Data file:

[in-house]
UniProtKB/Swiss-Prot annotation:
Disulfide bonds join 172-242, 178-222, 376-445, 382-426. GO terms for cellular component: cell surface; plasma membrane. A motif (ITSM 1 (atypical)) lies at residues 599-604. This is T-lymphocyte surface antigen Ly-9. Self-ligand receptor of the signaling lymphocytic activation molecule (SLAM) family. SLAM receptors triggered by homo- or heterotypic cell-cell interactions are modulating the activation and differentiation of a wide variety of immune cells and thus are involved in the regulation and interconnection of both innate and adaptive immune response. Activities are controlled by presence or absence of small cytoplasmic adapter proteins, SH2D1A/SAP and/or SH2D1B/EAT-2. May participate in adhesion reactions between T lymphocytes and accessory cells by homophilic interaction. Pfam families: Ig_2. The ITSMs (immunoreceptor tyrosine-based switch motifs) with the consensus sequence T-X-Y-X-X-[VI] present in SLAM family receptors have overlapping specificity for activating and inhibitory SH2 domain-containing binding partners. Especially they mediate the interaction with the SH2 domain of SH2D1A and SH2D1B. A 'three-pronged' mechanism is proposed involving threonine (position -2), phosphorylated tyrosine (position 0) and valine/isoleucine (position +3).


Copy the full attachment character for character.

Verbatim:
[in-house]
UniProtKB/Swiss-Prot annotation:
Disulfide bonds join 172-242, 178-222, 376-445, 382-426. GO terms for cellular component: cell surface; plasma membrane. A motif (ITSM 1 (atypical)) lies at residues 599-604. This is T-lymphocyte surface antigen Ly-9. Self-ligand receptor of the signaling lymphocytic activation molecule (SLAM) family. SLAM receptors triggered by homo- or heterotypic cell-cell interactions are modulating the activation and differentiation of a wide variety of immune cells and thus are involved in the regulation and interconnection of both innate and adaptive immune response. Activities are controlled by presence or absence of small cytoplasmic adapter proteins, SH2D1A/SAP and/or SH2D1B/EAT-2. May participate in adhesion reactions between T lymphocytes and accessory cells by homophilic interaction. Pfam families: Ig_2. The ITSMs (immunoreceptor tyrosine-based switch motifs) with the consensus sequence T-X-Y-X-X-[VI] present in SLAM family receptors have overlapping specificity for activating and inhibitory SH2 domain-containing binding partners. Especially they mediate the interaction with the SH2 domain of SH2D1A and SH2D1B. A 'three-pronged' mechanism is proposed involving threonine (position -2), phosphorylated tyrosine (position 0) and valine/isoleucine (position +3).